Play-i looks to crowdfunding to teach kids to code

The company's personal robots are designed for kids aged 5 and up to teach them how to string together code.


A startup has surfaced that wants to raise cash to teach your children how to code.

Play-i, a California-based company founded by a group of Google, Apple, and Frog Design engineers, has launched a crowdfunding campaign aimed at raising $250,000. If the goal is met, the company will be able to mass-produce its Play-i Robots for kids aged 5 and up.

The idea behind Play-i is simple: Teach kids how to string together code to create applications. In order to do that, however, the company relies on robots and an iPad that displays a visual, kid-friendly programming language. By stringing together commands through the iPad, the kids can control the robots' movements and activities.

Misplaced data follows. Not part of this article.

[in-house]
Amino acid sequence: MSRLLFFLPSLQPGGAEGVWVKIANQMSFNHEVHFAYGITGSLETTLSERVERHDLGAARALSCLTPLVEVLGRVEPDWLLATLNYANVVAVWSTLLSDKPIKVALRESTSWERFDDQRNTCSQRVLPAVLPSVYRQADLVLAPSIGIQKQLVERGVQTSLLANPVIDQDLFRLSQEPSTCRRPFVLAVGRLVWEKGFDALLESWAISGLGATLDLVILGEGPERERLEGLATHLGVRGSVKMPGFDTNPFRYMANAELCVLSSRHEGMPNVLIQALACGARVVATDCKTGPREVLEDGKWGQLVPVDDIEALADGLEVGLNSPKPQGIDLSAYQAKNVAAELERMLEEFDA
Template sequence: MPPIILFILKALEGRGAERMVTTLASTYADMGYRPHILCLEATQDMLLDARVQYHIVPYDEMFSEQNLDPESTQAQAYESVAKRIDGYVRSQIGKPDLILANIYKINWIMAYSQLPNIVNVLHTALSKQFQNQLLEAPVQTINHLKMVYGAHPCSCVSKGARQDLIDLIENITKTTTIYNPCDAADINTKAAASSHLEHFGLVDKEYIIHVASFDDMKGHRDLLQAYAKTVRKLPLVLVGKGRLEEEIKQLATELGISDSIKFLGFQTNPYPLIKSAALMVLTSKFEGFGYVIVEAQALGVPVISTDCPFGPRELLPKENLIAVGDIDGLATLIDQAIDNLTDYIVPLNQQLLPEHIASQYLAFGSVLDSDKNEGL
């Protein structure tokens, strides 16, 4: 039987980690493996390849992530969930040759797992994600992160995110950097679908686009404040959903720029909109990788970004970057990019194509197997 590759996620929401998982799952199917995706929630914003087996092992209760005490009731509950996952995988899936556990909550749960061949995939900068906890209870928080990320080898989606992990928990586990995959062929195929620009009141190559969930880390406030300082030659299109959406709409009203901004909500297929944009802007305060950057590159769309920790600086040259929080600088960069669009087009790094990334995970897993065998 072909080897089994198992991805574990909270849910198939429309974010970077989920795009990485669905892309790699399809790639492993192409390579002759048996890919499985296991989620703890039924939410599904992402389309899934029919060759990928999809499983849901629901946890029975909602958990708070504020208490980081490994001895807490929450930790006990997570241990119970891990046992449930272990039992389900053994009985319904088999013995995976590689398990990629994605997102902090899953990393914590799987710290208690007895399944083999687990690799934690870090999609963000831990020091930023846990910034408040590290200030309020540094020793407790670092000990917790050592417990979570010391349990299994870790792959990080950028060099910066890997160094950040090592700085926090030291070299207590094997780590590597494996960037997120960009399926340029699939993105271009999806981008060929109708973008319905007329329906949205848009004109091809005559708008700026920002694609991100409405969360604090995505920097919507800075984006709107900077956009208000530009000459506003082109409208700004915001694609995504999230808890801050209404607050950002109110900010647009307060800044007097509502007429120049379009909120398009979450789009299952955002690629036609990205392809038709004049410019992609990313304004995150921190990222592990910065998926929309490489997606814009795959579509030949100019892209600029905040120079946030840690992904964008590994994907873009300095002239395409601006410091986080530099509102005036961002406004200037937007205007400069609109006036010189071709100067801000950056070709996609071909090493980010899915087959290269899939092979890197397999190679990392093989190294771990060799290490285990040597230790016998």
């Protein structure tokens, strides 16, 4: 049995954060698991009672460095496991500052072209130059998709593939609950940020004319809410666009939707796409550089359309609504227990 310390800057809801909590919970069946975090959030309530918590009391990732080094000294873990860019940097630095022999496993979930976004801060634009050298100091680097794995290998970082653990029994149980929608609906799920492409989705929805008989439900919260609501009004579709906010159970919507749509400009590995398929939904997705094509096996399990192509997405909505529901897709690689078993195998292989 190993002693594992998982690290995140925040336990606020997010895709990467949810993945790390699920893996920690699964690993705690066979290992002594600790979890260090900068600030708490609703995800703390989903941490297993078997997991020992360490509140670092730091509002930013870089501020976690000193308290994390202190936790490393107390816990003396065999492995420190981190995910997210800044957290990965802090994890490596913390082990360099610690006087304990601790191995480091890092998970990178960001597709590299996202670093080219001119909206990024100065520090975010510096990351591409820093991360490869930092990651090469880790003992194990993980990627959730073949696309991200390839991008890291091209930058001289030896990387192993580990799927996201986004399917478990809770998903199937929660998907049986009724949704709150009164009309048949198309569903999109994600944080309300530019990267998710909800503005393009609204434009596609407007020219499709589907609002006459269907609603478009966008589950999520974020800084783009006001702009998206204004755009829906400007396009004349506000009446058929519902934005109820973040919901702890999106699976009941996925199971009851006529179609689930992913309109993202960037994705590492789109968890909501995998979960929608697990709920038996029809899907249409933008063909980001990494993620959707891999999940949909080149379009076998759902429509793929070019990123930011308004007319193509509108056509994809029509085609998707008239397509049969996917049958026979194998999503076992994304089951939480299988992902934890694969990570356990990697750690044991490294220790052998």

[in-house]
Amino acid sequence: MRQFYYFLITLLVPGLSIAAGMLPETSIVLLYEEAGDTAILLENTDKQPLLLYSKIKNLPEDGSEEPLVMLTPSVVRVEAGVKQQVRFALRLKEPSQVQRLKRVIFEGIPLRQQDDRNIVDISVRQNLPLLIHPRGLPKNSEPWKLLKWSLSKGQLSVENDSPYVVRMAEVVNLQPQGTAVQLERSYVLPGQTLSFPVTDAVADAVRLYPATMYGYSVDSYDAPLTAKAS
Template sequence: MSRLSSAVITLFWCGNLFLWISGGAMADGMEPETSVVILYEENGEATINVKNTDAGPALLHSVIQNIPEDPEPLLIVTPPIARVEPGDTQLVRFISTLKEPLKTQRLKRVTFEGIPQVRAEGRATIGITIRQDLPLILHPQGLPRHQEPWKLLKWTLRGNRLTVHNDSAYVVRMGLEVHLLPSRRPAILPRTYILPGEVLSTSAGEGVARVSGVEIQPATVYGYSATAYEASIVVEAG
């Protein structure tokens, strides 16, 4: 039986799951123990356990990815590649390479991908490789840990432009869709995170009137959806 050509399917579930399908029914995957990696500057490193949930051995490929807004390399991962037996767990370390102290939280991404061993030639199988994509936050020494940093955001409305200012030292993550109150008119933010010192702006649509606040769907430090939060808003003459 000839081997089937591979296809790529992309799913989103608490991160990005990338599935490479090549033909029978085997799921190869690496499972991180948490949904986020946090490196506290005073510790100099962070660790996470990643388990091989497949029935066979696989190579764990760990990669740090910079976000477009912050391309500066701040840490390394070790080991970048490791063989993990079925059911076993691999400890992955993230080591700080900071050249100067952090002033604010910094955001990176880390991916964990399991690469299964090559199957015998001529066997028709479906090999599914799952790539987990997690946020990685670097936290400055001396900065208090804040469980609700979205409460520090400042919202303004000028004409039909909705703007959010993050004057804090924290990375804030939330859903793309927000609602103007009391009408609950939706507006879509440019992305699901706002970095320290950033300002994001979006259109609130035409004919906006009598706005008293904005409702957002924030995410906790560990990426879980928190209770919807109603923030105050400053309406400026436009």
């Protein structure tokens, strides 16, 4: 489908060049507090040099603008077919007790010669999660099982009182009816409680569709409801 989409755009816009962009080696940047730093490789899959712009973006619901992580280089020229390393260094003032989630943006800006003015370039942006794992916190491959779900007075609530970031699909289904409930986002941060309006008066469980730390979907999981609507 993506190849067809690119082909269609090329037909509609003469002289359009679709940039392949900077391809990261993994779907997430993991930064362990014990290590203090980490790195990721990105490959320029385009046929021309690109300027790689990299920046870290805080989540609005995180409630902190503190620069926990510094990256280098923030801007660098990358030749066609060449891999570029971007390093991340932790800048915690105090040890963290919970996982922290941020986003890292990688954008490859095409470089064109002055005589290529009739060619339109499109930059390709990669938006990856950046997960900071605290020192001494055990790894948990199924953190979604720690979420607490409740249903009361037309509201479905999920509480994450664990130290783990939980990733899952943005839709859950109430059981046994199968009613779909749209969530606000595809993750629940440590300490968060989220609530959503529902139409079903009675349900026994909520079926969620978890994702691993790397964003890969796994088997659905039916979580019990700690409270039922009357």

Play-i will sell two robots -- Yana and Bo. Yana, which Play-i calls the "storyteller," will cost customers $49. Bo, which sits atop three other balls outfitted with wheels, will cost $149.

Play-i plans to start shipping its robots in the summer. As of this writing, the company has 211 backers who have donated nearly $43,400. Play-i hopes to reach its $250,000 goal within the next 30 days.

[Via All Things Digital]

Featured Video

Behmor's app controlled coffee maker links to the Web for better brewing

The $329 Behmor Connected Coffee Brewer boasts the guts of an SCAA-approved drip coffee maker melded with a Wi-Fi radio, plus Internet links and mobile app control all in the interest of creating better pots of java.

by Brian Bennett